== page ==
60 Seconds (or close!) with IBCLC, Mindful Breastfeeding Practitioner & Holistic Sleep Coach Sian Aldis – owner of the agency No Milk Like Mama’s

Tell us a little bit about you.

I'm Sian.  I run No Milk Like Mama’s offering Breastfeeding and Holistic Sleep Support. I am a mum of 3 children aged 10, 7 and 1 and we live in Norwich.  

I am also a farmer's wife and I married my childhood sweetheart (we met when I was 16!). I'm an international Board Certified Lactation Consultant (IBCLC), a Holistic Sleep Coach and also a Mindful Breastfeeding Practitioner, which means that I am trained to offer mindfulness techniques within my practice as well.

So tell me a little bit more about being an IBCLC and Mindful Breastfeeding Practitioner.

So IBCLC certification is the current highest recognized qualification in breastfeeding support. I actually started my breastfeeding support career as a volunteer. In order to become an IBCLC I completed training in 13 health related subjects. I had to complete 1,000 clinical hours of practice and 90 hours of lactation specific training in order to be recognized as an IBCLC. I also sat a 4 hour exam. 

Juggling breastfeeding, sleep and being a mum or a parent at the same time can be emotional. So as a Mindful Breastfeeding Practitioner we do a lot of journaling and affirmations. New evidence shows us that guided relaxations and the mindfulness techniques we use help mums to produce more breast milk, so that's really helpful.  And when it comes to sleep, if mums and dads learn these relaxation techniques, it helps the child as well because it’s emotionally contagious. If we're able to control our emotions in a better way, it is beneficial for both the parents and the child.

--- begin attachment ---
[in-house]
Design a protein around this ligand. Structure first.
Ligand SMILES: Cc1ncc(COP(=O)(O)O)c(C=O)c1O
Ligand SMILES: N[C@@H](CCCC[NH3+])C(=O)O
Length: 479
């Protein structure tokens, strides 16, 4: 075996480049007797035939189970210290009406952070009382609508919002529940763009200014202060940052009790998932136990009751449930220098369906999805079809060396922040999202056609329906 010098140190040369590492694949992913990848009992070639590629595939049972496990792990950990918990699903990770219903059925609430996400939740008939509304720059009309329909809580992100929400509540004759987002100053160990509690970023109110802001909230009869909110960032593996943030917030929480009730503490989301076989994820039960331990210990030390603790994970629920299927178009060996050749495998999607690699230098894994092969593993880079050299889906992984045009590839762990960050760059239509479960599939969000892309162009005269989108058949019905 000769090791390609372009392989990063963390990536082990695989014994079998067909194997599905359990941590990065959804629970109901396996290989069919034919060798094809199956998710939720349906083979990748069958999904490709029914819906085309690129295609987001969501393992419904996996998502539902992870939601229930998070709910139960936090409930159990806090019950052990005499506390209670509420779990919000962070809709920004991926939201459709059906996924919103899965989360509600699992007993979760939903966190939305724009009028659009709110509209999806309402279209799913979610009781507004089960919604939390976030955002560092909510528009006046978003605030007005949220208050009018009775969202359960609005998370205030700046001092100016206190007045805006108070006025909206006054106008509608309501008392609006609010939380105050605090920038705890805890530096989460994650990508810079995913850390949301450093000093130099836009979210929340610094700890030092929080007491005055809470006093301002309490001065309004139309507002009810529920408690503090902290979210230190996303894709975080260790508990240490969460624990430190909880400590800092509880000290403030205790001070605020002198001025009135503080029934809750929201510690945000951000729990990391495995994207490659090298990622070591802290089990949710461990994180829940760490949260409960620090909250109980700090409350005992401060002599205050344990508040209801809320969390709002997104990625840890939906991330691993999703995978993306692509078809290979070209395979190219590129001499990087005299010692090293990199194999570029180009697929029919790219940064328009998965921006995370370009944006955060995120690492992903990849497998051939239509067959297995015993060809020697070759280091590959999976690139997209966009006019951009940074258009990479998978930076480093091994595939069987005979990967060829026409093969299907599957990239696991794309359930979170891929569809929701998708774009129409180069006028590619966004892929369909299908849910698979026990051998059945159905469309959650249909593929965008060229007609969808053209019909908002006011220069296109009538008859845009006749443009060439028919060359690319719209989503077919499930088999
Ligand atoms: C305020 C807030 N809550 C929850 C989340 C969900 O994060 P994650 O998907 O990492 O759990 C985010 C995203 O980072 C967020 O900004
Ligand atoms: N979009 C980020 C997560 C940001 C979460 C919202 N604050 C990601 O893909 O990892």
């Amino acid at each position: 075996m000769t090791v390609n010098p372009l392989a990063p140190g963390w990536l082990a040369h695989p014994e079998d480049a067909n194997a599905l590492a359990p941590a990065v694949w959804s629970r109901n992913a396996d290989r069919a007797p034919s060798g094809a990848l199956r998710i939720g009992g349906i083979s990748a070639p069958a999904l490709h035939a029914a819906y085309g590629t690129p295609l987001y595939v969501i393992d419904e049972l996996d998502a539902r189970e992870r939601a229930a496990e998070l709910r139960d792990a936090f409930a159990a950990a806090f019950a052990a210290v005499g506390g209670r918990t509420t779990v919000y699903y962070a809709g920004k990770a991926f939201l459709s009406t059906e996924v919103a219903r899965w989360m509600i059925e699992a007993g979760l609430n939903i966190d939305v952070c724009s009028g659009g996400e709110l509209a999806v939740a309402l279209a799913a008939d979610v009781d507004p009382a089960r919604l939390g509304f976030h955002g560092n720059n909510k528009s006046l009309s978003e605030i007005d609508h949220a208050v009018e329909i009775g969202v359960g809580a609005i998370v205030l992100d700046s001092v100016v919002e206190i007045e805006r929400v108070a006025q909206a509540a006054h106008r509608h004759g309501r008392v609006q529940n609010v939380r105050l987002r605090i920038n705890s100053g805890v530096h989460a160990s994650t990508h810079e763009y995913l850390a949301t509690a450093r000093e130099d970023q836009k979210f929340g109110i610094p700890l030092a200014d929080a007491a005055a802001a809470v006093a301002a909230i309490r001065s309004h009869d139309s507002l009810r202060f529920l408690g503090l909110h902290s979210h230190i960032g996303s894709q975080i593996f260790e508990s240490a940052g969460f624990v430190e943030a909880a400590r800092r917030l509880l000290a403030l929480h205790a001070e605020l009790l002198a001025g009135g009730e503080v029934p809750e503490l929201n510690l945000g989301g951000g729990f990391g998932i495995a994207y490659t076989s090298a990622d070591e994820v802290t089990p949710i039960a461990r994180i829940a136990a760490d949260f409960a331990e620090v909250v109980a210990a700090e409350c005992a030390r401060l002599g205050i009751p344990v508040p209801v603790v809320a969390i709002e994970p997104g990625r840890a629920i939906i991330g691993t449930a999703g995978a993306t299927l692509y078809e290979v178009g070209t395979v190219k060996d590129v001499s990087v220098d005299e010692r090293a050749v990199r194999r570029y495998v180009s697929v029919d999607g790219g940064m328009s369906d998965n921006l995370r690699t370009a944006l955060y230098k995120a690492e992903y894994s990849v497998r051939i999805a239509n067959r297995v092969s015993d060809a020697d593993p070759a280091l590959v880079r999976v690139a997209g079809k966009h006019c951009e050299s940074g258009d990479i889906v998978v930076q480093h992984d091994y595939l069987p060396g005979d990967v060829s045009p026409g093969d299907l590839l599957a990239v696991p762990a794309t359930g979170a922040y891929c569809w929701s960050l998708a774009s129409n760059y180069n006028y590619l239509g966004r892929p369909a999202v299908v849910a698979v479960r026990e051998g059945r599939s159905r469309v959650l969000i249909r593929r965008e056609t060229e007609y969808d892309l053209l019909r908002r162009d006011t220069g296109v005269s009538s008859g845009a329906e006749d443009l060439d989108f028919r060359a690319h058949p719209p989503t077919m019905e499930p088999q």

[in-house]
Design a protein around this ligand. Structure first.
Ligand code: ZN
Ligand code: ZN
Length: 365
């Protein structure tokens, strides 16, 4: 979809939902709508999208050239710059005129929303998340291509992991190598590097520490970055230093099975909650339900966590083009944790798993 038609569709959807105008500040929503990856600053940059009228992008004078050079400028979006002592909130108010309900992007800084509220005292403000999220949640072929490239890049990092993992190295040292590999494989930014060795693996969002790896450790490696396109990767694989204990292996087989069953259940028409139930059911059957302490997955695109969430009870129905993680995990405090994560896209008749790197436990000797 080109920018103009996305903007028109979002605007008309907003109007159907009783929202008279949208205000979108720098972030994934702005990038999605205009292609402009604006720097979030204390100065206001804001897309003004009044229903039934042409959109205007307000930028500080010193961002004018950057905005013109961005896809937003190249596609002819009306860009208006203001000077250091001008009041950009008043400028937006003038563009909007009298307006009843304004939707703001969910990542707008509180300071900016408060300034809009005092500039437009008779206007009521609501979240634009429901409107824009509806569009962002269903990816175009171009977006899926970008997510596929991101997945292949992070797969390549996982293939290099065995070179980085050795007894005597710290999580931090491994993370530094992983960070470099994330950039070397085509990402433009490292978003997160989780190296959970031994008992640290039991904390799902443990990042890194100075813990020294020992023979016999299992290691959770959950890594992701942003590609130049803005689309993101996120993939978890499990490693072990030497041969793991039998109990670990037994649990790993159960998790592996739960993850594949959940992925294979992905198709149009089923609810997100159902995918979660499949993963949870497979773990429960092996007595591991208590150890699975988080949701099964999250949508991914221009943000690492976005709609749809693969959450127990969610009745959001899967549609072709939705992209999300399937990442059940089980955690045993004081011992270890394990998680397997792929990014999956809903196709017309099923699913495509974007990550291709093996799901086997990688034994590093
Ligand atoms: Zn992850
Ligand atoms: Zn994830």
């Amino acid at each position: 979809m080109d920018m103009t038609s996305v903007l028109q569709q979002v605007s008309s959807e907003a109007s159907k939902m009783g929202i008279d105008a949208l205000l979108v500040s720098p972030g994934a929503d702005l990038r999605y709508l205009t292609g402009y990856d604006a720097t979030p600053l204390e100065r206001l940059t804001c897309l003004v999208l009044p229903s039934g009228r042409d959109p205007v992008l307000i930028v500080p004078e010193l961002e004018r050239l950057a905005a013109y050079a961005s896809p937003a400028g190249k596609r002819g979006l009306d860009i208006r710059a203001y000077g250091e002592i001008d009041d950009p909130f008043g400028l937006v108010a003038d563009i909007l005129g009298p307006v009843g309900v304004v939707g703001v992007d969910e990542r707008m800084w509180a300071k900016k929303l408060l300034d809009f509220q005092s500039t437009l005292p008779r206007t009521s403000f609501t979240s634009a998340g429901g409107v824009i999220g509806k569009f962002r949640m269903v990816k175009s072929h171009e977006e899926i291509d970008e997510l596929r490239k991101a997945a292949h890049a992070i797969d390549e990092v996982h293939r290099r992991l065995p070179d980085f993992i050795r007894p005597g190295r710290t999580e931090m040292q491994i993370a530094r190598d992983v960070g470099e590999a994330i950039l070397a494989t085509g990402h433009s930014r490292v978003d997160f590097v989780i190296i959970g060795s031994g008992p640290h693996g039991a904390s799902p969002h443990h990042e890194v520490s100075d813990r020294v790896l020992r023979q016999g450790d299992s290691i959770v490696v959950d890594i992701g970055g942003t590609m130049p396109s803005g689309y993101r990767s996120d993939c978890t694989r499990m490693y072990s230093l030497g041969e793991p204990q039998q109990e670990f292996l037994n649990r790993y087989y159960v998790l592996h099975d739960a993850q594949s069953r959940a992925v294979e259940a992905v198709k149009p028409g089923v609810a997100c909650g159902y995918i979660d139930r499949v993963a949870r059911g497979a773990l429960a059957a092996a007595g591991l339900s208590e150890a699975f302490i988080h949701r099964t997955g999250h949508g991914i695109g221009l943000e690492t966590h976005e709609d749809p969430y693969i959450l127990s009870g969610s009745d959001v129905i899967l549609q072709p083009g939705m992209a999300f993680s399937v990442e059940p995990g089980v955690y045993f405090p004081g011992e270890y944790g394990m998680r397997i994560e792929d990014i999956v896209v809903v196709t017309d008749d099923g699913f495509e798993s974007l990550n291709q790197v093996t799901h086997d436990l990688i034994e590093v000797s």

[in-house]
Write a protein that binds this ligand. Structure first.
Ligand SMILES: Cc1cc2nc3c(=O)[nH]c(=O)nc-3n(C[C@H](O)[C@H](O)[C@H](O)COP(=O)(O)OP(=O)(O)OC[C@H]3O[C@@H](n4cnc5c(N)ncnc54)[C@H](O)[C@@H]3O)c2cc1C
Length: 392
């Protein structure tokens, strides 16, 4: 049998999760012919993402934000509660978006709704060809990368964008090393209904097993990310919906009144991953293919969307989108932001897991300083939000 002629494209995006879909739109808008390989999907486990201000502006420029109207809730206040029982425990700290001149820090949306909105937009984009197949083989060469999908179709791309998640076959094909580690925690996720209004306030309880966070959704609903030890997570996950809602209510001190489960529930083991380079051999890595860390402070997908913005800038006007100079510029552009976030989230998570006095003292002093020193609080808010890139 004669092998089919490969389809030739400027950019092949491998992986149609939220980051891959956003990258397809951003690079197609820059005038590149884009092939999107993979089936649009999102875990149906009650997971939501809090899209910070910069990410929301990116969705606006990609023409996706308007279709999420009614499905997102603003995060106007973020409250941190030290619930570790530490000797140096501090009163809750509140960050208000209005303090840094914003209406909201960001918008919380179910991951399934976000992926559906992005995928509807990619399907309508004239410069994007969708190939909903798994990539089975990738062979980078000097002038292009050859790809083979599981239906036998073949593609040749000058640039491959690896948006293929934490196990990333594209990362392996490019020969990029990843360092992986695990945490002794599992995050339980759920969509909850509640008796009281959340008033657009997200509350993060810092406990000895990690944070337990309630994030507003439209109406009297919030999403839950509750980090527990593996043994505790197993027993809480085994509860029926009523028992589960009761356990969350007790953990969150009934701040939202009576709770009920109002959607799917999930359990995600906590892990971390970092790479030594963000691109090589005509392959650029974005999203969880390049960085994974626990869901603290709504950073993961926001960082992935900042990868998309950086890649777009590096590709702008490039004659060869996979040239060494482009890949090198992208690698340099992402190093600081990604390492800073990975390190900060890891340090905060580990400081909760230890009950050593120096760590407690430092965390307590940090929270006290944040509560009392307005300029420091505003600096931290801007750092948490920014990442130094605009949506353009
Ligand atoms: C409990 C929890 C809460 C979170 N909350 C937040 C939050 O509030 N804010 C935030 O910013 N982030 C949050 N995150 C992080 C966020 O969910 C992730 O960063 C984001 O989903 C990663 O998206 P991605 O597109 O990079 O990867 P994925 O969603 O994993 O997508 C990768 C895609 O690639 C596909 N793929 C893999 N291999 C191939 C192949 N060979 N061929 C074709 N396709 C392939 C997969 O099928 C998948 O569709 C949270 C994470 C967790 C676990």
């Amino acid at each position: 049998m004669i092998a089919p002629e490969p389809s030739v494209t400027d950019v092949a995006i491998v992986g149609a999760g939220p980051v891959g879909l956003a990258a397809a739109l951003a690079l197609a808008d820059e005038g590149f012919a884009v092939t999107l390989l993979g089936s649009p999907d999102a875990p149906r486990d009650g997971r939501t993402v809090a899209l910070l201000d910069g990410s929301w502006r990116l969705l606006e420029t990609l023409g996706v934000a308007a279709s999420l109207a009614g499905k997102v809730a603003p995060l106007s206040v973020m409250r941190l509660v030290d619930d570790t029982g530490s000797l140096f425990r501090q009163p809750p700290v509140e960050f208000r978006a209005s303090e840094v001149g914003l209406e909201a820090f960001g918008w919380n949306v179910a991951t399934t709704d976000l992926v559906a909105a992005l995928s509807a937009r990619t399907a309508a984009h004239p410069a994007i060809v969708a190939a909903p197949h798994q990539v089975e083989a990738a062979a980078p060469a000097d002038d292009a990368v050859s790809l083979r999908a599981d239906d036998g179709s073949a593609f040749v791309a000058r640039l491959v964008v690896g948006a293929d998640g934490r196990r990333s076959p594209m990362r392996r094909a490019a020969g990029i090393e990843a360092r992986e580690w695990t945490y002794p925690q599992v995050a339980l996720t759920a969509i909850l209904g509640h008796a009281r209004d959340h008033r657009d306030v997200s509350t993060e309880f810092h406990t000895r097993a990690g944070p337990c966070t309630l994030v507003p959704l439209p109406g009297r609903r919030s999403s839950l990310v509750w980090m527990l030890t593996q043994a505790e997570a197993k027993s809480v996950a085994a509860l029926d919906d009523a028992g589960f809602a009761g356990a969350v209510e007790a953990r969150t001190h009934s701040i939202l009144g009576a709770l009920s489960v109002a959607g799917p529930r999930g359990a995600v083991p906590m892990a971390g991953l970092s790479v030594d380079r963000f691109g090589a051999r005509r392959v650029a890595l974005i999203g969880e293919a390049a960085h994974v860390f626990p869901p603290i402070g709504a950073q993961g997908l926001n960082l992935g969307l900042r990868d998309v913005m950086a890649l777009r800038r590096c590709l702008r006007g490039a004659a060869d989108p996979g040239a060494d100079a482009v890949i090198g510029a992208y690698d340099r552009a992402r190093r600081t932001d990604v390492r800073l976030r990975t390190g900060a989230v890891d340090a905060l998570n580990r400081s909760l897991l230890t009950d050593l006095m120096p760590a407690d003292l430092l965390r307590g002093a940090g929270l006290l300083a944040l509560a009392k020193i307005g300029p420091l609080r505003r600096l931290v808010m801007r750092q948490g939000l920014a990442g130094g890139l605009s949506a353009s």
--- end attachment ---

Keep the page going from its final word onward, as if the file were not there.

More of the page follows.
“Juggling breastfeeding, sleep and being a mum or a parent at the same time can be emotional. So as a Mindful Breastfeeding Practitioner we do a lot of journaling and affirmations.”

What made you become an IBCLC and a Mindful Breastfeeding Practitioner?

So my own difficulty in breastfeeding my first child led me to what I do today.  He was born over 10 years ago and he was premature.  It was a really long journey for us to get our breastfeeding off to a really good start.  And that made me realise how this type of support is necessary for families, making it possible and accessible to families.